And so, to absolutely leave you in no doubt as to me being sick in the head, my last piece of evidence is this.  I love it when people ask me what I do. Because I can simply never resist the temptation to look them straight in the eye and say, with a casual air, “I plan robberies and murders and how to get away with them.” The look on their faces is just too delicious to pass up.  I’m sure this little hobby will get me ejected or arrested at some point in my life, but the risk is worth it, and I don’t care I’m having fun.

And that is the absolute truth of what we crime writers are doing.  We are having fun. Fun in the darkest sense, yes, but it is endlessly fun to weave stories of mayhem, murder and malice. And in being allowed to do so, I, and most of my fellow writers, feel completely blessed. 

Hope you enjoy Godsend as much I enjoyed writing it.

J.A. Marley April 2018
---------------

J.A. Marley has his website here.
He's on Twitter - @jamarleybooks


Godsend can be purchased here - AMAZON UK - AMAZON US

CORMAC O'KEEFFE - BLACK WATER (2018)


Synopsis/blurb…

I killed the boy . . .

Jig loves football and his dog, hates school, misses his dead granda and knows to lie low when his ma's blitzed on the vodka.

He's just an ordinary boy on the brutal streets alongside Dublin's Grand Canal. Streets that are ruled by Ghost and his crew. And now Ghost inked, vicious, unprincipled has a job for Jig.

A job that no one can afford to go wrong not the gangs, the police, the locals, and least of all not Jig.

Fast-paced, compelling and expertly plotted, BLACK WATER introduces a powerful new voice in contemporary crime fiction.

PRAISE FOR BLACK WATER:

‘Shocking and compulsive, Black Water offers a grittily realistic insight into the causes and consequences of inner-city drug crime – think The Wire set in Dublin.’ – BRIAN MCGILLOWAY, NYT bestselling author of Little Girl Lost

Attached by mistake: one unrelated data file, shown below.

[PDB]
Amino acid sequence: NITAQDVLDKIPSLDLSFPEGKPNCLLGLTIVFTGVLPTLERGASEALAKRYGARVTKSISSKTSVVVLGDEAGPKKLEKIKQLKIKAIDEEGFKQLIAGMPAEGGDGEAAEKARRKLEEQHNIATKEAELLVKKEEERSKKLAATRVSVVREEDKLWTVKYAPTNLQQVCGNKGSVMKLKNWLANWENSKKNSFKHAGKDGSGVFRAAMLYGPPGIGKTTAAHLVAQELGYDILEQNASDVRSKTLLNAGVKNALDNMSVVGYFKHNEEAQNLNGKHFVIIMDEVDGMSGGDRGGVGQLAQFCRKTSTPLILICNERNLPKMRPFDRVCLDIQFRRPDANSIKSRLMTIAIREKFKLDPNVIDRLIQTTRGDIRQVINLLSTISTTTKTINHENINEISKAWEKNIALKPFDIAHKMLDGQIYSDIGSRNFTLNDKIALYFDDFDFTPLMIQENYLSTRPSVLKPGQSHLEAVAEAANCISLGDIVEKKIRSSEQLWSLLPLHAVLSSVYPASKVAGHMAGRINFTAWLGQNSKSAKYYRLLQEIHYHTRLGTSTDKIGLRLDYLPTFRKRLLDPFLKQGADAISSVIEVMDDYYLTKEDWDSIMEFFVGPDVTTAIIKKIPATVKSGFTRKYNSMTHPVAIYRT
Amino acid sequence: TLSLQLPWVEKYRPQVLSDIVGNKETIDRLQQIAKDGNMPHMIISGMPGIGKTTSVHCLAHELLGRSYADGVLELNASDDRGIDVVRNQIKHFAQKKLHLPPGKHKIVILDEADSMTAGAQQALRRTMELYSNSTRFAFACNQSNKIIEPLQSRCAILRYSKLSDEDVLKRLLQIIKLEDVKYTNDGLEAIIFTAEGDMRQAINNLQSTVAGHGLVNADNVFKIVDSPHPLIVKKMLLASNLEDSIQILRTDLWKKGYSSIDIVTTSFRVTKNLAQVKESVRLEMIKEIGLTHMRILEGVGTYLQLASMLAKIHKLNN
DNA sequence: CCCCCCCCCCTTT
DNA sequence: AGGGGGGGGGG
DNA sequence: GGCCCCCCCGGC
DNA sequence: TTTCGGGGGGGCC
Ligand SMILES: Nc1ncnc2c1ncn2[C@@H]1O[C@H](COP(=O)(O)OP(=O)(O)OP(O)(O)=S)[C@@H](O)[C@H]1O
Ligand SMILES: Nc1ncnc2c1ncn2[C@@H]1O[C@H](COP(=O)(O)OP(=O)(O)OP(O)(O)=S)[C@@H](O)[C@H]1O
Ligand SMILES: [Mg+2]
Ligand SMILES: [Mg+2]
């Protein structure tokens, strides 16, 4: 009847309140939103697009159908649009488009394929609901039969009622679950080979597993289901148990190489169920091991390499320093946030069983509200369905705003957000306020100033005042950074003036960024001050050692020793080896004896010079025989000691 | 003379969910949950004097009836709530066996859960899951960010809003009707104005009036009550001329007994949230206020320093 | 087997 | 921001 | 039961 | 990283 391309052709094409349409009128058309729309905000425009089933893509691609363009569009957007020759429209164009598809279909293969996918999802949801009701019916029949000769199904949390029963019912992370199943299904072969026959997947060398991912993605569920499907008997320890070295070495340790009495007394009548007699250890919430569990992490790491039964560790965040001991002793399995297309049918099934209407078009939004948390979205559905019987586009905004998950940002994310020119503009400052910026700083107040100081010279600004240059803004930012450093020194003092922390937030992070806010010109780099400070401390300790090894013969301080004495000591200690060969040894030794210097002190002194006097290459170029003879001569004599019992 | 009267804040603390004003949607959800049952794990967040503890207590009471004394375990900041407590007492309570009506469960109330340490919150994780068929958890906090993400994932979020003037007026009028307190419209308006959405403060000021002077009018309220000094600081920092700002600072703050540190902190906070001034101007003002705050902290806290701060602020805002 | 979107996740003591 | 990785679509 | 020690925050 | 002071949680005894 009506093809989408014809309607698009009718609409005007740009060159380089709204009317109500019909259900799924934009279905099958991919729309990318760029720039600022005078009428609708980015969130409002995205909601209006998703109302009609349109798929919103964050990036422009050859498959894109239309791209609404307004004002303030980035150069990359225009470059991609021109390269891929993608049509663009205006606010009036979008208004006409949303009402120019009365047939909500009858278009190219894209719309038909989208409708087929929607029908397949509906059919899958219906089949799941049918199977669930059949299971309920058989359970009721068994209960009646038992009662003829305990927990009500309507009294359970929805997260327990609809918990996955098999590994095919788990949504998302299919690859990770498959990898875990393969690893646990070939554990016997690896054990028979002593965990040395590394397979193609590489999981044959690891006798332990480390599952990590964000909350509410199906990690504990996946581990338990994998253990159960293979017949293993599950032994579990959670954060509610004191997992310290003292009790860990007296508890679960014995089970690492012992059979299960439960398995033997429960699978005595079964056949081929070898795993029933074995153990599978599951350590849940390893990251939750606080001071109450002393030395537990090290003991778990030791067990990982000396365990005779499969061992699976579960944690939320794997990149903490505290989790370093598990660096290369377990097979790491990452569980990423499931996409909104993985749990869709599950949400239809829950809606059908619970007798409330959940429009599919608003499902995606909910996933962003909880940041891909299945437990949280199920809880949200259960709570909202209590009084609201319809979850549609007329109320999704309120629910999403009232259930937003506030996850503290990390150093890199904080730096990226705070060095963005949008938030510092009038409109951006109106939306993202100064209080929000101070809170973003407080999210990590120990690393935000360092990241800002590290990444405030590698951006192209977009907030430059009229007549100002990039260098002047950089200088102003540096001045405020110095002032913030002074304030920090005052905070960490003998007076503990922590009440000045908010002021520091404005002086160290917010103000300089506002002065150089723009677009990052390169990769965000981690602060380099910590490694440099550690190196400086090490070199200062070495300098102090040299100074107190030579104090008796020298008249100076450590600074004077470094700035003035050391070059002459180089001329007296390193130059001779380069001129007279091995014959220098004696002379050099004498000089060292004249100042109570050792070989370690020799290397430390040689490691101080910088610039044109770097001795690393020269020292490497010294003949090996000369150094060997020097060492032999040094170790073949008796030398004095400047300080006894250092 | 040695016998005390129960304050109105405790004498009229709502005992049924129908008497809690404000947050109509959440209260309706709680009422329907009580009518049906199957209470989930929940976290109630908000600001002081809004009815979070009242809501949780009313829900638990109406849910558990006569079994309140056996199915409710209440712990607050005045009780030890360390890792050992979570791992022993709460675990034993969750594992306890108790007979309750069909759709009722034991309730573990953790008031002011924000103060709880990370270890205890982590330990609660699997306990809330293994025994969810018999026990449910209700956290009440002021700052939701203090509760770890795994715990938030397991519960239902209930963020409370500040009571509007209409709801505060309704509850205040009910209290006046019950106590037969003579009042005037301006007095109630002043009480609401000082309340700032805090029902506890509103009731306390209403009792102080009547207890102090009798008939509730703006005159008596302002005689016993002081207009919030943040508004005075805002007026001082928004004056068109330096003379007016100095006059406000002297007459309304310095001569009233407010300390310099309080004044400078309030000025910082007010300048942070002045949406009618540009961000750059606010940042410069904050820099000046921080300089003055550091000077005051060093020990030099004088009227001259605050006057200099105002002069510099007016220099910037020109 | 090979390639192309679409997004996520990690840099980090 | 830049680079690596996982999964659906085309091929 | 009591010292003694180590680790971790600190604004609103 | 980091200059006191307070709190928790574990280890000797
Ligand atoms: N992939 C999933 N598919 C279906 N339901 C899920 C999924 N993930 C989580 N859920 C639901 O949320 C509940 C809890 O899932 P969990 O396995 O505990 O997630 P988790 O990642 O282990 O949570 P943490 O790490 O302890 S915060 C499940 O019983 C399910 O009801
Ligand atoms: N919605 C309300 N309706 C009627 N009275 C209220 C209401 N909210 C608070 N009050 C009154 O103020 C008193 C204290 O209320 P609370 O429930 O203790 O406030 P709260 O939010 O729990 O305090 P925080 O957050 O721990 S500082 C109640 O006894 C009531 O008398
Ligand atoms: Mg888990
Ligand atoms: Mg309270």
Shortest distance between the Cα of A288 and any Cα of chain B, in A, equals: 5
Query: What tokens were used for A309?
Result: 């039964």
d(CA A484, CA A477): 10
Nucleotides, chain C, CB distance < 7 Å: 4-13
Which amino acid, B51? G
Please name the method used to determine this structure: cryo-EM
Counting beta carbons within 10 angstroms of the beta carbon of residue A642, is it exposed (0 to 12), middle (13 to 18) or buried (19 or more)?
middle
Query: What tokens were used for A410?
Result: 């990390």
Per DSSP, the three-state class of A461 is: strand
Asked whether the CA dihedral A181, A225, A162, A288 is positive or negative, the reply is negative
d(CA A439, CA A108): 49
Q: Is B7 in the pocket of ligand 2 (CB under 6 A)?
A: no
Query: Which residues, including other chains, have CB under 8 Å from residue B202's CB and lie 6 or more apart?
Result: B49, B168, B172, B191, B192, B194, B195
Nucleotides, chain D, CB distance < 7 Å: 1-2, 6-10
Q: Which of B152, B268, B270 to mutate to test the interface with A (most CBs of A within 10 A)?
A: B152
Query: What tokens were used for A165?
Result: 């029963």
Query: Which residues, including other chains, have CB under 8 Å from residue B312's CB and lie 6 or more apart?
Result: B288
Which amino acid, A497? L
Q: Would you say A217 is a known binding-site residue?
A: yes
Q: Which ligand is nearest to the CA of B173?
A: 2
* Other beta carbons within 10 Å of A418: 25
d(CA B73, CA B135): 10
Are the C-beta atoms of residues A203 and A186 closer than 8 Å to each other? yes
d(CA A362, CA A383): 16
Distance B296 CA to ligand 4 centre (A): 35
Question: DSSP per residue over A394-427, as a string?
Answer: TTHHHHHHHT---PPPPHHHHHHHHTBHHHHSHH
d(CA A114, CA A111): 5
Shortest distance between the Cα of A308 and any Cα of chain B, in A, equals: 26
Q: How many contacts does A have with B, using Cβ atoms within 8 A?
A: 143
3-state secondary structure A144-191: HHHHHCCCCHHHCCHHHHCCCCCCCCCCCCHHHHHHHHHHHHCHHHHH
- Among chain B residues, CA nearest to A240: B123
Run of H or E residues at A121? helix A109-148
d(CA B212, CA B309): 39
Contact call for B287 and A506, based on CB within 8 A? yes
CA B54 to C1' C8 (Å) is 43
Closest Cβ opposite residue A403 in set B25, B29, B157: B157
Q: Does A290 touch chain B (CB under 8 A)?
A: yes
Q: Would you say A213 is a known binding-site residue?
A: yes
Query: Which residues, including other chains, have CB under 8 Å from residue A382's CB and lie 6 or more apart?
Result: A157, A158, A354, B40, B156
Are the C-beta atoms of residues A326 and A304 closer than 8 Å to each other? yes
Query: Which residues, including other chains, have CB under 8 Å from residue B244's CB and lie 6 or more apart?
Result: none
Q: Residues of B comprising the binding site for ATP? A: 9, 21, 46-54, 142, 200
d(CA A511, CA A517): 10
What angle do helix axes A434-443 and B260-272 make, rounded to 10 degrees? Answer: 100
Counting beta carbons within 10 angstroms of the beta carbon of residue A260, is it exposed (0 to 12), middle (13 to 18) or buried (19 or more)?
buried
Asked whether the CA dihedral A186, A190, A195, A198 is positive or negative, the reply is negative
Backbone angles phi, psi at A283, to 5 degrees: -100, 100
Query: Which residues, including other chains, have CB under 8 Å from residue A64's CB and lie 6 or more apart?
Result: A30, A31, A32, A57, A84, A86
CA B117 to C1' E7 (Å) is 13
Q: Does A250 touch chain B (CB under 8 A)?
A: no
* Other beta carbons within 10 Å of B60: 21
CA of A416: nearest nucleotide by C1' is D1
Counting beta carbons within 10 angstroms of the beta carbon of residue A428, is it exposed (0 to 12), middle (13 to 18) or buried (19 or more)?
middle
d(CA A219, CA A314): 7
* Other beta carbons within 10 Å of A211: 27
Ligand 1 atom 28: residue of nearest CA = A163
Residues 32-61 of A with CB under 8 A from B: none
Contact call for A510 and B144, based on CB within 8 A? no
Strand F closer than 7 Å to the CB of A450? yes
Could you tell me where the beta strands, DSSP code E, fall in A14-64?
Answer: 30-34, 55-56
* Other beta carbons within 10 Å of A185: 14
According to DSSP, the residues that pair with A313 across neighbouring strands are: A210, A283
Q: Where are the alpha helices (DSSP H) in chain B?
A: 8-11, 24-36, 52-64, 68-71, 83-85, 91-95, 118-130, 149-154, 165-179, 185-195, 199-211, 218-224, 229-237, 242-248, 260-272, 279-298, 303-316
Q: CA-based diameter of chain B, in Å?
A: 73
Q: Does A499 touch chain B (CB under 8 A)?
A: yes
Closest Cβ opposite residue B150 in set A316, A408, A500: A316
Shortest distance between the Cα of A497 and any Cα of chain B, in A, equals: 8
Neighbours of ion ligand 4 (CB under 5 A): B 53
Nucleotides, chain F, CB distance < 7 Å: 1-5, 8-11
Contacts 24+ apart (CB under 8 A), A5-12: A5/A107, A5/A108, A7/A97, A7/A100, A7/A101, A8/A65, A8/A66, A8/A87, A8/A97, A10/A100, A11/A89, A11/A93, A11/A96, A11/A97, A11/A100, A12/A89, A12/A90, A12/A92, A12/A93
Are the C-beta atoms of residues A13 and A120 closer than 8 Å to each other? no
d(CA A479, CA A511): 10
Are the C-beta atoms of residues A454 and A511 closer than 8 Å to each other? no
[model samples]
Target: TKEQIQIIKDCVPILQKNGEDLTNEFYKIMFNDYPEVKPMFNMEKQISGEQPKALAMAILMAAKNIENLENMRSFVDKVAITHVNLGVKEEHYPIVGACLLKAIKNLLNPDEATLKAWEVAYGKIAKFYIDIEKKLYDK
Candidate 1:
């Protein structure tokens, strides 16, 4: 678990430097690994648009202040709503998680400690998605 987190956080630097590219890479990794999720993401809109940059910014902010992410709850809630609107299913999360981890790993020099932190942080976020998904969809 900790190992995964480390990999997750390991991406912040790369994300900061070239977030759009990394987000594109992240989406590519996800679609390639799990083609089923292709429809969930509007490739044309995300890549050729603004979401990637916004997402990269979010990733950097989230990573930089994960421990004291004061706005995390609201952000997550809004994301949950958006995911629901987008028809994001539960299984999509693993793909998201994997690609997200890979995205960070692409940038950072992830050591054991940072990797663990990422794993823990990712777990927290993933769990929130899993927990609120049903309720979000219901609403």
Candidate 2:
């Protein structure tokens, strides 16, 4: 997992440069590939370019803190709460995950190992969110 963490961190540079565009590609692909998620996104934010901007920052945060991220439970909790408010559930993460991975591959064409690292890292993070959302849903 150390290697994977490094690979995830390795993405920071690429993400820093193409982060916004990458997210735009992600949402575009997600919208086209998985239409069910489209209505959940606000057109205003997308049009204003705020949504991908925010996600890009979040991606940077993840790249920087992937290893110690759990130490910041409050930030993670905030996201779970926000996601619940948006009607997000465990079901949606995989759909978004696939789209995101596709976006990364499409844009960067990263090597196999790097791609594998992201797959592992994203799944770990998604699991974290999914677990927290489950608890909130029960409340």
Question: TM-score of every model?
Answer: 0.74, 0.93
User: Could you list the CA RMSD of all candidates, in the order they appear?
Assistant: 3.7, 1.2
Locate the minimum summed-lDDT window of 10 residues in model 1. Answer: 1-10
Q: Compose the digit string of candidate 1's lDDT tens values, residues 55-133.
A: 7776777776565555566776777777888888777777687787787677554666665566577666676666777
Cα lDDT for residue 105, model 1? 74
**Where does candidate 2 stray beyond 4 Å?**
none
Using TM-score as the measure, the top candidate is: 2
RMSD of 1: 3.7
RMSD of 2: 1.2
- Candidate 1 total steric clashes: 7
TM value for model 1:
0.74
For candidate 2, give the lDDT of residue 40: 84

‘O’Keeffe pulls you into the dark underbelly of Dublin city with well-drawn characters, chilling dexterity and unflinching truth – harsh, tender, steely and authentic.’ – LOUISE PHILLIPS, author of The Game Changer

One of the most enjoyable books I’ve read this year and even at this early stage a definite contender for one of my top reads of 2018. Admittedly, I do have a bias towards Dublin set novels - my family all hail from there and I was born there, albeit more than half a century ago.


In Black Water, author Cormac O’Keeffe serves up a tale of inner-city strife in Dublin’s not so fair city. Jig is a ten year boy, teetering on the precipice of involvement with the local drugs gang. A little errand run on behalf of Ghost, one of the king-pins in the Canal Street gang has dramatic repercussions when the target of his message – an elderly woman dies on receipt. Jig, manipulated and coerced by Ghost now has to work off his debt. Debt? WTF!

In the following pages, we see the effects of this event on the community through the eyes of Jig, his football coach, different elements within the Gardai Siochana (Irish police), a community worker, a priest and others including the gang’s top dog. A further dramatic event occurs which heightens tension on the streets.